McConnell refused to confirm Obama’s Supreme Court nominee during an election year. But for a 2020 vacancy? “Oh, we’d fill it.”
In 2016, Senate Majority Leader Mitch McConnell successfully kept Obama appointee Merrick Garland off the Supreme Court bench by insisting it would be a cardinal sin if a Supreme Court justice was appointed during a presidential election year. “The American people are perfectly capable of having their say on this issue, so let’s give them a voice. Let’s let the American people decide,” McConnell said at the time, insisting that his decision was “about a principle, not a person.” But in an unsurprising turn of events, the senator is perfectly willing to sacrifice those principles when a Republican is in the Oval Office.
McConnell revealed during an event Tuesday that he’s ready and waiting to confirm a Supreme Court justice in 2020 if a seat becomes vacant—never mind the fact that in November, Americans will once again be heading to the polls. When asked at the Paducah Chamber of Commerce luncheon what his position would be should a justice die in 2020, McConnell reportedly took a long sip of iced tea and said with a smile: “Oh, we’d fill it.” The senator had previously been asked about a potential SCOTUS vacancy in October, but had been more evasive at the time, saying only, “We’ll see whether there’s a vacancy in 2020.”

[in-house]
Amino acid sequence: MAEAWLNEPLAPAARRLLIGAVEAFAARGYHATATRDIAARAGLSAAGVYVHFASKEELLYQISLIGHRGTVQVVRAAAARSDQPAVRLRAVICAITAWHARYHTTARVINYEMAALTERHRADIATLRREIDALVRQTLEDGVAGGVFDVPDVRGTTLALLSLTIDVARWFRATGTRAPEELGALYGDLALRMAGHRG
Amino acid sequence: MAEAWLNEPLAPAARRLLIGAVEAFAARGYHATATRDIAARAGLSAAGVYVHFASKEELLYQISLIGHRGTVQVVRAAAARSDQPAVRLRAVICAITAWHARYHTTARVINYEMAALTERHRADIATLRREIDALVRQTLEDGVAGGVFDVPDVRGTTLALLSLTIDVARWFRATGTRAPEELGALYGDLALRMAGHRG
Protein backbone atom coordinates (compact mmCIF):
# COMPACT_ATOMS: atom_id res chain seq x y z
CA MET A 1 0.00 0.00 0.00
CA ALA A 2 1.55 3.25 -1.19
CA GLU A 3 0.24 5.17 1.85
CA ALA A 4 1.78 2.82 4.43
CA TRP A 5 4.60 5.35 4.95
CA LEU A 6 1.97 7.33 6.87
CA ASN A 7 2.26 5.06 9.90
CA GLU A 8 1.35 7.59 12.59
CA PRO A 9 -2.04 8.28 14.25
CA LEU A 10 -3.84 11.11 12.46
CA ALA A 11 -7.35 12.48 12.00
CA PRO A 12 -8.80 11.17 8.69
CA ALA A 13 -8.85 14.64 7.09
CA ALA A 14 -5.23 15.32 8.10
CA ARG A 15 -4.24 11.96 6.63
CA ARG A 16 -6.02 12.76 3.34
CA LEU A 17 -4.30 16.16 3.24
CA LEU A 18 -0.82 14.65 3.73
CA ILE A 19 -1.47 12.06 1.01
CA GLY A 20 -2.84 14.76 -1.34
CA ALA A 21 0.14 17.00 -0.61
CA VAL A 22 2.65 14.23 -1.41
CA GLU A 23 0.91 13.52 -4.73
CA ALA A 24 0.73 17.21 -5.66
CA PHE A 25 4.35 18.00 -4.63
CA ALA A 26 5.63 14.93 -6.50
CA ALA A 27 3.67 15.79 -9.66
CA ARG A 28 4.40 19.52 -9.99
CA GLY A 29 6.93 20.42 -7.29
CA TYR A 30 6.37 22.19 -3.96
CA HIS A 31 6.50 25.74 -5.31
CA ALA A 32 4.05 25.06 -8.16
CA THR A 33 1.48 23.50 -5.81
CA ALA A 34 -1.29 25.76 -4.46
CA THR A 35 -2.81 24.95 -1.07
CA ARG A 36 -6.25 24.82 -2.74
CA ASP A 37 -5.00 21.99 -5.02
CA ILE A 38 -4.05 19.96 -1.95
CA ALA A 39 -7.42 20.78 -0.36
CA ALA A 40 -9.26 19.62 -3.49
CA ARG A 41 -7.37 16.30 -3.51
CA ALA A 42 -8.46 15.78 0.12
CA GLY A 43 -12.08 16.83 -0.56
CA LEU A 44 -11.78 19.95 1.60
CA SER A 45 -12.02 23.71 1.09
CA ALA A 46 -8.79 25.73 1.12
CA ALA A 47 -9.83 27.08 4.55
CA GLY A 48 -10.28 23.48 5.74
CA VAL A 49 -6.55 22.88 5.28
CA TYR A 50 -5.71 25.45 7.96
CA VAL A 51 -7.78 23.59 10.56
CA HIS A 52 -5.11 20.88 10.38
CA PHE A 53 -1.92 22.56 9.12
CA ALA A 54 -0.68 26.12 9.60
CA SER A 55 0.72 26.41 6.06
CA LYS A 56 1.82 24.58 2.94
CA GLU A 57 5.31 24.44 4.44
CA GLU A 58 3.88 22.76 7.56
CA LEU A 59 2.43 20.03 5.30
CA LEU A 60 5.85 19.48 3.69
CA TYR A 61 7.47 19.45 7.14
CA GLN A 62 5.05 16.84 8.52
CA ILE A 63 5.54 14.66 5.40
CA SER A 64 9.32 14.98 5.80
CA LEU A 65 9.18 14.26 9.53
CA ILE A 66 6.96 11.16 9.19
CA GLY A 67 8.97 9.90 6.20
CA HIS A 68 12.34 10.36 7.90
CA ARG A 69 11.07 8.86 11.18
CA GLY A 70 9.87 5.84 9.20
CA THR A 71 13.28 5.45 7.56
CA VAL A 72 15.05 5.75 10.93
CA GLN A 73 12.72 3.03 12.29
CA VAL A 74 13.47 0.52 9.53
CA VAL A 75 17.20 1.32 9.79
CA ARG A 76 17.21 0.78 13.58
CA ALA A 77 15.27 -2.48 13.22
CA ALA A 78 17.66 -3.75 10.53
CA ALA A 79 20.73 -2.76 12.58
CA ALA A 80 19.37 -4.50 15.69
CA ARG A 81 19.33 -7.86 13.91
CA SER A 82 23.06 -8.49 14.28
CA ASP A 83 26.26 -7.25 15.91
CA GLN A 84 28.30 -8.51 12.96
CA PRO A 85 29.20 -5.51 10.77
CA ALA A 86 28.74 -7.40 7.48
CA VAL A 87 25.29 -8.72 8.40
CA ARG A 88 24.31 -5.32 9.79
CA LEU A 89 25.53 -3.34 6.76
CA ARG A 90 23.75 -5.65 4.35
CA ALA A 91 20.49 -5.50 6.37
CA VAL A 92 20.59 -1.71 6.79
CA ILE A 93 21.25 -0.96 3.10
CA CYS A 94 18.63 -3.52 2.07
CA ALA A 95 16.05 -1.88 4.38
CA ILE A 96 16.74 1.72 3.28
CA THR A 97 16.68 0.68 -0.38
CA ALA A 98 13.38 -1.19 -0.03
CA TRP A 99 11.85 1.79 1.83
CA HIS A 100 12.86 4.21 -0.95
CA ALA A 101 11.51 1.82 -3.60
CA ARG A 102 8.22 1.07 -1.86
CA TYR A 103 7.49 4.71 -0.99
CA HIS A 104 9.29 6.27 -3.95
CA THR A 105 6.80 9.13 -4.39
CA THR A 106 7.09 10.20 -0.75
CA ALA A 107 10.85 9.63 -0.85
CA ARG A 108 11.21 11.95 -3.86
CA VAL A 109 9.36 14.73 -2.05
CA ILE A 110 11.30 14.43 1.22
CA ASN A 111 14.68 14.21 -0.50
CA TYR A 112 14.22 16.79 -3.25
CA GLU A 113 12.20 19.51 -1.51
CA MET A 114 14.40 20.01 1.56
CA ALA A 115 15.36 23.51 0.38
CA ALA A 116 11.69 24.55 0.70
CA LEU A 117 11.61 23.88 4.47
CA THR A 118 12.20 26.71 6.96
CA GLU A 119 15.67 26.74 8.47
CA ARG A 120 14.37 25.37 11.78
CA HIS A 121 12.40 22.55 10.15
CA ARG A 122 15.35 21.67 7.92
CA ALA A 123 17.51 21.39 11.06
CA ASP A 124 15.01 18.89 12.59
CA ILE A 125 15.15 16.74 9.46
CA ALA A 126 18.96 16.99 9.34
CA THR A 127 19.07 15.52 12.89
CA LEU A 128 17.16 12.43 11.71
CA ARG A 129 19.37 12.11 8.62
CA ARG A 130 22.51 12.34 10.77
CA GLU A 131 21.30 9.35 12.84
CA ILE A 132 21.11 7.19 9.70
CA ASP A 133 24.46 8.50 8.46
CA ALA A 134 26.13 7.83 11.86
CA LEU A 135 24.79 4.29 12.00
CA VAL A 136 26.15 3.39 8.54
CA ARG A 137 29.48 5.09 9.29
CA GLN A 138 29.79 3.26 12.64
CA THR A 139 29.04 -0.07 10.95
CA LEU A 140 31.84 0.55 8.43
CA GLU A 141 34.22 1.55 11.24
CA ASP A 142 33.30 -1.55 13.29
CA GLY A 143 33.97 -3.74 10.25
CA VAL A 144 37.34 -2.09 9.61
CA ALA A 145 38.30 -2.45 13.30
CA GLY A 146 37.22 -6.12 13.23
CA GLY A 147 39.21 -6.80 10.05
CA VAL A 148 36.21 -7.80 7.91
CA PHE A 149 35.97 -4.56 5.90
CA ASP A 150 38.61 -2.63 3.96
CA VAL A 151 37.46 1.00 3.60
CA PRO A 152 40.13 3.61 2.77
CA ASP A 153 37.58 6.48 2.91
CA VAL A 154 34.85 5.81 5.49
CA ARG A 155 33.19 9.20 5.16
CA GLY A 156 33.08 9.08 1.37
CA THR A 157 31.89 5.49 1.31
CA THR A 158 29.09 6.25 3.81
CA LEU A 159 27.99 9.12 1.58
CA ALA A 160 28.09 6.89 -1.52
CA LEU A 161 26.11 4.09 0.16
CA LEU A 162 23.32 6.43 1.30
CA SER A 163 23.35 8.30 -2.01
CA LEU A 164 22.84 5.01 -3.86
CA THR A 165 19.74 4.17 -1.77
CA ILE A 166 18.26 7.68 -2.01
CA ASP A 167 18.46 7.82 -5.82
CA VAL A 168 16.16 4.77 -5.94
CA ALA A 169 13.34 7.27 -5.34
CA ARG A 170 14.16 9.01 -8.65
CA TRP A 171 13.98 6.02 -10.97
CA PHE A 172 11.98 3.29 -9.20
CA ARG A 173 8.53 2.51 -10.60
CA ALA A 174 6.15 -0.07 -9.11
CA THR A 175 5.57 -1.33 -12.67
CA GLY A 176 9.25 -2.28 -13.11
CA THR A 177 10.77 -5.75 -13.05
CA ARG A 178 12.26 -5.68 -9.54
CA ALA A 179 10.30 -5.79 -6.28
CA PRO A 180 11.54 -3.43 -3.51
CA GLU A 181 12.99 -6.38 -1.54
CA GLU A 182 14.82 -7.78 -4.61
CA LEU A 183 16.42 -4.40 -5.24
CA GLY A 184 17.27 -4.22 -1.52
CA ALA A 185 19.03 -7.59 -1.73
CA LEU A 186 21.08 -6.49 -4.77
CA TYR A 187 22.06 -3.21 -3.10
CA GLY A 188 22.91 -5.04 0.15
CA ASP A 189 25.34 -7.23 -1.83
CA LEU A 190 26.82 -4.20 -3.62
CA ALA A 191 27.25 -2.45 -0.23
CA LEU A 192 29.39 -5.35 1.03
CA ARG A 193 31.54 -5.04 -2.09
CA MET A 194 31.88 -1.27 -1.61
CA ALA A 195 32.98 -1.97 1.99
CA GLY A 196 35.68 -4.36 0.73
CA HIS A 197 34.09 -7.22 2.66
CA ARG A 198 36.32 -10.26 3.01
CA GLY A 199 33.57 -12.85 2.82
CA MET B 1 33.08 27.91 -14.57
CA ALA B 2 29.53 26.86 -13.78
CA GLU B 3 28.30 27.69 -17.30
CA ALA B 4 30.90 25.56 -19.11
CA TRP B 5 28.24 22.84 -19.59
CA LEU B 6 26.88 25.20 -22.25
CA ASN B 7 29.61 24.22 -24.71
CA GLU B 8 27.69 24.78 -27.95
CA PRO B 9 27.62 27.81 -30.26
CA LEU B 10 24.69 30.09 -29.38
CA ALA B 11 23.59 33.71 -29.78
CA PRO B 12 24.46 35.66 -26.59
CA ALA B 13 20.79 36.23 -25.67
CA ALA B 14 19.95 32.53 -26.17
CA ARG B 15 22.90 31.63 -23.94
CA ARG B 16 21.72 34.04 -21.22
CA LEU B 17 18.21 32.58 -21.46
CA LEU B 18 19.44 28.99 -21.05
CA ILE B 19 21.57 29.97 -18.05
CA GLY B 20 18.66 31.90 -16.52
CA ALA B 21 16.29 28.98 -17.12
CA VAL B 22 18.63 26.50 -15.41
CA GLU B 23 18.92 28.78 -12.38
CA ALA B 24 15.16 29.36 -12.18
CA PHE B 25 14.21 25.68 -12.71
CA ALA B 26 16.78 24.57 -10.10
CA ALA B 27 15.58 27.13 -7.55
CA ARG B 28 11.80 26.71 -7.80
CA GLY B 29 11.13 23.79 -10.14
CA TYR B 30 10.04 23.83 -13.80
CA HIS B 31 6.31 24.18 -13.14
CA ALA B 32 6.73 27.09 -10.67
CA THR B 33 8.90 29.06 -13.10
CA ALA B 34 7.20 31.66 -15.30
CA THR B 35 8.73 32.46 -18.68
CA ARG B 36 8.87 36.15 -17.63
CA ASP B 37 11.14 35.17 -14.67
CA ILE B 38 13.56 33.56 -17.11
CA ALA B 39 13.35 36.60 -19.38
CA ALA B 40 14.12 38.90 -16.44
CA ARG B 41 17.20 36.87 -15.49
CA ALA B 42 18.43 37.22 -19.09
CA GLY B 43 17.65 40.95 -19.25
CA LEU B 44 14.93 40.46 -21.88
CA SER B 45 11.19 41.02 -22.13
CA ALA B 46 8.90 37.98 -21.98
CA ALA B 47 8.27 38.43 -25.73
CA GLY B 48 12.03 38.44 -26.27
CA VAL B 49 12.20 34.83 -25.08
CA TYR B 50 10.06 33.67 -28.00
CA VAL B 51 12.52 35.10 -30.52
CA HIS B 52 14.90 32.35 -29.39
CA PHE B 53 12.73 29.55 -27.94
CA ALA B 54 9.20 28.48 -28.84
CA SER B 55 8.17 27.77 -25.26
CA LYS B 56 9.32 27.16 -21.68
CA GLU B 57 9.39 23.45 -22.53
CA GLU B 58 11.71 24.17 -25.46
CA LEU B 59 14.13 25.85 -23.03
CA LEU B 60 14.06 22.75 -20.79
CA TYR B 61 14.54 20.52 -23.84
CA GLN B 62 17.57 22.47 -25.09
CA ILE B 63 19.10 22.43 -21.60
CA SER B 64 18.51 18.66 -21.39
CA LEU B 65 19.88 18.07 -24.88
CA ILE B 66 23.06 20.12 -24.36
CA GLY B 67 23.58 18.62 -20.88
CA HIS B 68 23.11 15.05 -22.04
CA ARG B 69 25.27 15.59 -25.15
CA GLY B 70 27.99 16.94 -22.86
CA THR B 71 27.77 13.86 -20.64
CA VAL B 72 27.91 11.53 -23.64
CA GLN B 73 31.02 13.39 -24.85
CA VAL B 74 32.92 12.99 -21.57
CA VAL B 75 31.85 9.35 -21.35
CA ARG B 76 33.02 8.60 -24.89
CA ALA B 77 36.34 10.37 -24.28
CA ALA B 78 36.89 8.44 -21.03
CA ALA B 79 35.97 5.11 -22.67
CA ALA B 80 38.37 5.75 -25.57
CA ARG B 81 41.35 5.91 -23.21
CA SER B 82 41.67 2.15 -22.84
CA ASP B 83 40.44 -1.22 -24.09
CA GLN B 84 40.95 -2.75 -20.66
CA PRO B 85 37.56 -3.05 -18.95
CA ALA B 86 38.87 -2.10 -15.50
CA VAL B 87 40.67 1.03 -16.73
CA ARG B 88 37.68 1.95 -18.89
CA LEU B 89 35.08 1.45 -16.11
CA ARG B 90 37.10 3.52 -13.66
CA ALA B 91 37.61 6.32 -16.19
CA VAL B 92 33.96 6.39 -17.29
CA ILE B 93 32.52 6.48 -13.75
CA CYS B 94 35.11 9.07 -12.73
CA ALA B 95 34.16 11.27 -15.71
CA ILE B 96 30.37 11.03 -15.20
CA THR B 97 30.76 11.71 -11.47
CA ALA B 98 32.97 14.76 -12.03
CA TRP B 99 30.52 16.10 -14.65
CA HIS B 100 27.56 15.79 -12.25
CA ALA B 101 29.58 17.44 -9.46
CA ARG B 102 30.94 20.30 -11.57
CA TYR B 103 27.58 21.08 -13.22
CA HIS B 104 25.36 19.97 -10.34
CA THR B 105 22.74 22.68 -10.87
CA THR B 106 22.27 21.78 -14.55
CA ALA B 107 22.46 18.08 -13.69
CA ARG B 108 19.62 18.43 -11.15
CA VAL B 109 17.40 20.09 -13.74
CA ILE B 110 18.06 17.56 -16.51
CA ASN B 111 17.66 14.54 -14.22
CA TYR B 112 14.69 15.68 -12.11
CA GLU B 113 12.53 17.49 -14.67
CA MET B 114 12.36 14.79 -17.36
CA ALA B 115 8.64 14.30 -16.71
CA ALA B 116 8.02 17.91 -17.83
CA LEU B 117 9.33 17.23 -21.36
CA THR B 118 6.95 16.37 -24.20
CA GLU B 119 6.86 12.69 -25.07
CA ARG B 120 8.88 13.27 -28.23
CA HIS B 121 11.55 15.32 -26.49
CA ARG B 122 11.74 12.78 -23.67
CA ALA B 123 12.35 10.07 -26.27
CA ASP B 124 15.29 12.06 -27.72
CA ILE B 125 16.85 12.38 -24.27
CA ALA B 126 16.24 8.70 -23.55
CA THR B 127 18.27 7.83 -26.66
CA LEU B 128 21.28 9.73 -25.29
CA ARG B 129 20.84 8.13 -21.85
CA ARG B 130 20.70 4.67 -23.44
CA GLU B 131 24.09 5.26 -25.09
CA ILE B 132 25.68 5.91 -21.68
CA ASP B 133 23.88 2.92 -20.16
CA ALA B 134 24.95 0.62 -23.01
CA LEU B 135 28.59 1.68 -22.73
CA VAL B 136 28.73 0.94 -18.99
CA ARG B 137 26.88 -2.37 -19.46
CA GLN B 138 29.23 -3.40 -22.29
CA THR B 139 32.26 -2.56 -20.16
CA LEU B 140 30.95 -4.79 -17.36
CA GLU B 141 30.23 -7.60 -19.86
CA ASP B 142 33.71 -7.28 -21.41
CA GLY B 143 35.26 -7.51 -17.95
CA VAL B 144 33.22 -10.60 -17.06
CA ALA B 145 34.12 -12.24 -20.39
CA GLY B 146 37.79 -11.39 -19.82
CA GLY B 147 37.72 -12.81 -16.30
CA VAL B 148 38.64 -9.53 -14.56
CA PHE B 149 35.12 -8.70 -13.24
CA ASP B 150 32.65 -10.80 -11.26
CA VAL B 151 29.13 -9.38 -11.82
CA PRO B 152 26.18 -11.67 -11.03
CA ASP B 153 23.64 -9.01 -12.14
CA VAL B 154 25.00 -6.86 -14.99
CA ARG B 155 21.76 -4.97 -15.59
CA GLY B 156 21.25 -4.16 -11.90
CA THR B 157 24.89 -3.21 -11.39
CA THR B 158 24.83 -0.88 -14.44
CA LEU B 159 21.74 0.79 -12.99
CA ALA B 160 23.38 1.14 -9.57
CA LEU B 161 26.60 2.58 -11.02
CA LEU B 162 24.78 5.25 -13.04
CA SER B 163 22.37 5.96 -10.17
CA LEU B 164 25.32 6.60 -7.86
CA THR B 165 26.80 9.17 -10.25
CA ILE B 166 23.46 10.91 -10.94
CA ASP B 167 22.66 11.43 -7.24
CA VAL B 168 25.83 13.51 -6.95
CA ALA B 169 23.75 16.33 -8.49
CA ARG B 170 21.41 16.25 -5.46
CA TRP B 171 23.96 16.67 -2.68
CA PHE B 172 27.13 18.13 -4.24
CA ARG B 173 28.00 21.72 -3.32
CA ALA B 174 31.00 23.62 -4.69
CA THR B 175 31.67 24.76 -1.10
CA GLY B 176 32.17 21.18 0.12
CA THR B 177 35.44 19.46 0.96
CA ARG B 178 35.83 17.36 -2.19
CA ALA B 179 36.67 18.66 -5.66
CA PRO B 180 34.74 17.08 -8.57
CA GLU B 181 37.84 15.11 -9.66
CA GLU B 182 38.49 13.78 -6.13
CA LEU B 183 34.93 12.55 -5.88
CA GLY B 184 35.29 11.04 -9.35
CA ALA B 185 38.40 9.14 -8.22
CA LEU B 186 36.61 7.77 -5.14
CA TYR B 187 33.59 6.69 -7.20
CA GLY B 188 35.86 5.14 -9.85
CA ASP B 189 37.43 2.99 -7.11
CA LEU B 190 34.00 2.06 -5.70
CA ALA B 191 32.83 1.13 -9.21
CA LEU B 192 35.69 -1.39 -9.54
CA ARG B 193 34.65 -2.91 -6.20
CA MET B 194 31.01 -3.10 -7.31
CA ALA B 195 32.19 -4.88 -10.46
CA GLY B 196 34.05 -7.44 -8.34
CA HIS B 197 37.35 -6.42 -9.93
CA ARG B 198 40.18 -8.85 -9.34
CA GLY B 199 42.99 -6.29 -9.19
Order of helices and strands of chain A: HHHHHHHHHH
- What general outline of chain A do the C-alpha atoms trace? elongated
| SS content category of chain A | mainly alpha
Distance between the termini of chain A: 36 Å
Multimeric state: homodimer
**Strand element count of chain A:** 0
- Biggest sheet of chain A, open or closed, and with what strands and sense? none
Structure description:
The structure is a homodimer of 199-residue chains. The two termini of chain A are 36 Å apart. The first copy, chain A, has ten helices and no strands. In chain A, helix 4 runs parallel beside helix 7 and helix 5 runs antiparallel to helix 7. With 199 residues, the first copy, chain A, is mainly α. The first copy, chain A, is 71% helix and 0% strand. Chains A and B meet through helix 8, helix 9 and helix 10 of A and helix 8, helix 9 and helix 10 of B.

Though the majority leader’s policy reversal is outrageous in its flagrant partisanship, it isn’t exactly a shocking move. The self-described “Grim Reaper” of progressive policies relishes wielding his power to benefit Republican interests, particularly when it comes to the judiciary branch. After stymying Garland’s nomination and those of many other Obama nominees—only 28.6% of Obama’s judicial nominees were confirmed during the last two years of his presidency—McConnell has worked to confirm judges at a record pace under President Donald Trump. In addition to Trump’s two Supreme Court appointees, Justices Neil Gorsuch and Brett Kavanaugh, the number of Trump-nominated federal judges confirmed by the Senate is already in the triple digits, including a record-setting number of appeals court judges for this point in a presidency.
McConnell emphasized the importance of controlling the judiciary during his Tuesday luncheon, explaining that unlike legislation, “what can’t be undone is a life time appointment to a young man or woman who believes in the quaint notion that the job of the judge is to follow the law.” “That’s the most important thing we’ve done in the country, which cannot be undone,” McConnell added. It’s hardly surprising, then, that the Republican lawmaker is ready to sacrifice his pesky “principles” for yet another conservative Supreme Court seat, no matter how bad the optics of his about-face seem to be. So in the meantime: Justice Ruth Bader Ginsburg had better keep planking.